While Liberia may not be at the top of any casual traveler’s vacation list, there is a bit of a tourist economy being developed at the coastal town of Robertsport. While I was filming with Andy this past week, he and his well-mustachioed roommate Brandon decided they need a weekend escape from Vaye Town since not much happens when the school week has ended. So, why not try out Liberia’s semi-famous surf break?
Many hours and bush taxis later, we arrived at the sleepy site of Robertsport Community Campground, where one can sleep under a giant raintree for US$5 a night and have the campsite guardian Prince prepare grilled fish and bonfires. While affluent Liberians and the handful of expats currently stationed in Monrovia with the UN or USAID or the mining industry all bunked down next door in the cabins at Nana’s Lodge, the humble Peace Corps volunteers were blissful in their bug huts on the beach. Yet another reason I love Peace Coprs volunteers: low expectations beget high satisfaction.
Long, long before the civil war that raged here throughout the 1990s, Roberstport had its 15 Minutes of Fame in Bruce Browne’s “Endless Summer”, the 1966 iconic surf film that informed many surprised Americans that West Africa — with its thousands of miles of uninterrupted Atlantic coastline — had a decent surf break. Featuring many gauzy sunsets and the call to adventure, I loved this film when I saw it as a teenager screened it all its 72mm beauty somewhere in Southern California, but I didn’t know what to make of the mysterious African place.
Oddly, the country of Liberia is not named in Browne’s film — it’s just called “a country in West Africa”. I recall the scene where the two surfing heroes Mike and Robert show some unnamed youth how to pop up on surfboards, which a few successfully do much to the delight of the heroes. However, there is a faintly condescending tone in the whole West Africa sequence, as though it’s wonderfully bemusing that black village children could not only get up on a surfboard like the sunburned Orange County beach boys, but that they were having fun. I haven’t seen the film in more than a decade, but that scene stuck with me, perhaps as an example of Americans’ narrow view of the rest of the world’s talent and humor.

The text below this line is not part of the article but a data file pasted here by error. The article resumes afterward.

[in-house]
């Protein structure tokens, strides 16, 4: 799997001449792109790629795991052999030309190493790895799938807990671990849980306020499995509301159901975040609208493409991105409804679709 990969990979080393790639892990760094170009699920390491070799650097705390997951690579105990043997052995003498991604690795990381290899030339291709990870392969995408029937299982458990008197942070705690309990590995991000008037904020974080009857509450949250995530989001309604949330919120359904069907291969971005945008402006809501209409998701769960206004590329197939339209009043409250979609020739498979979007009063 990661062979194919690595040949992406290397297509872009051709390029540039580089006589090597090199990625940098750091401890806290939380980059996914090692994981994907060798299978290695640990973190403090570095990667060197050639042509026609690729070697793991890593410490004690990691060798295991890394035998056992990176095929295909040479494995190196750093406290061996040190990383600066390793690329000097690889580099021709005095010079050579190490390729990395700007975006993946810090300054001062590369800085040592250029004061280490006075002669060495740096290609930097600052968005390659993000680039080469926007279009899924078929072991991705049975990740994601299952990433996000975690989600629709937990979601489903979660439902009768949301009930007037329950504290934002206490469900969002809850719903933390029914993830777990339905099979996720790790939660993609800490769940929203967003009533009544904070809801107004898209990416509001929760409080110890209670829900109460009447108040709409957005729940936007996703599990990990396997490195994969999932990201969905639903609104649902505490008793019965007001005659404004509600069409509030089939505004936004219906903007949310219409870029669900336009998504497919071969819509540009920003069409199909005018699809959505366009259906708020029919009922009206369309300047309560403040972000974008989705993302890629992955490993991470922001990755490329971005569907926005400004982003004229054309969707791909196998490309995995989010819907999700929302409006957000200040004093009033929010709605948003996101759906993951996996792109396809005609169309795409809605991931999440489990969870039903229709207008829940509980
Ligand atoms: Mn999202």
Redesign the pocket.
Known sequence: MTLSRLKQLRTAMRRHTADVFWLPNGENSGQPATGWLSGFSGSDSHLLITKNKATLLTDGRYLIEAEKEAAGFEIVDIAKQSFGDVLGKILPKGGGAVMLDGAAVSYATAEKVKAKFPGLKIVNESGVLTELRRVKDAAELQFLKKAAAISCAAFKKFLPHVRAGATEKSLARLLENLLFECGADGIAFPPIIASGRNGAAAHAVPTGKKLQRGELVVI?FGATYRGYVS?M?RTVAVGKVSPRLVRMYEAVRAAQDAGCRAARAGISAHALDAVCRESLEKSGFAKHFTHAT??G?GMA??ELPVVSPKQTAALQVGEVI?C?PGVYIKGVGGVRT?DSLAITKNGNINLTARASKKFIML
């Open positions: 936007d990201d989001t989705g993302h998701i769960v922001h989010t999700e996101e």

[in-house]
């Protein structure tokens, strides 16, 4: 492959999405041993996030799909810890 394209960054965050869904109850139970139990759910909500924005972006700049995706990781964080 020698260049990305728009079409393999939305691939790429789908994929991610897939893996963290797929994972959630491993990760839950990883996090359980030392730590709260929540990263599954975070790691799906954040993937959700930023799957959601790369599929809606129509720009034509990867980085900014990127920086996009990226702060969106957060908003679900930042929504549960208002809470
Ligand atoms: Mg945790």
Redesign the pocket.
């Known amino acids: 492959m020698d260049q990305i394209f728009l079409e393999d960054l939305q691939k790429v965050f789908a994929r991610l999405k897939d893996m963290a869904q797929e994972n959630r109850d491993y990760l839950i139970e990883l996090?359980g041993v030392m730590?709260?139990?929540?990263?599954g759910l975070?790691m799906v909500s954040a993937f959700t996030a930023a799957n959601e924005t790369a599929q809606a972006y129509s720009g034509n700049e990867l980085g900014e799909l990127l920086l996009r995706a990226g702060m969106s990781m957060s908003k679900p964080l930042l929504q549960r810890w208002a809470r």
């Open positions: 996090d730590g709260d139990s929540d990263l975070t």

Well, this quiet place at the westernmost edge of the African continent slipped back into obscurity as quickly as those boys wiped out in the shallow foam. Yet, surfing left it’s mark on a few in Robertsport. Another generation of surfers here were filmed in 2007′s Sliding Liberia. And, today, there are a handful of kids — all male to my knowledge — that continue to surf for the few hours of the day when they are not hauling in their boss’s fishing nets. Check out this short clip of Robertsport surfing featuring PCVs Andy Brake and Brandon Sterling and current local surfers Morris and Claudius.
Other than surfing, Robertsport attracts those living in Monrovia with fishing and suntanning. Unlike most beaches in West Africa, this near-empty sprawl is perfect for reading and sleeping since no one is bothered to sell you anything or ask you to “carry” him back to America with you. Whether it’s because the locals have a pretty decent life by Liberian standards (currently 182 of 187 countries on the Human Development Index) or because the visitors to Robertsport are not your typical tourists (most of them are spending their life in under-paid public service and cannot afford to buy that round of beers), people here are more likely to leave a stranger be than chat her up hoping for a green card.
Of course, just as Robertsport is trying to attract visitors, the future of the coastline is uncertain. What is certain is that climate change will greatly affect much of West Africa due to rising seas and erosion. Overfishing and pollution will also change how the local fisherman and the community survives. Even drug-running along the “cocaine coast”, so-called by the international press which suspects that Liberia’s neighbors are creating a “new Mexico”, will alter the benign atmosphere of this out-of-the-way idyll.
For now, the community remains largely out of sight. Like Sam Brown in the picture above, Robsertsport locals continue their fishing traditions and maintain their friendly attitude towards the odd collection of visitors. No Lonely Planet spotted here.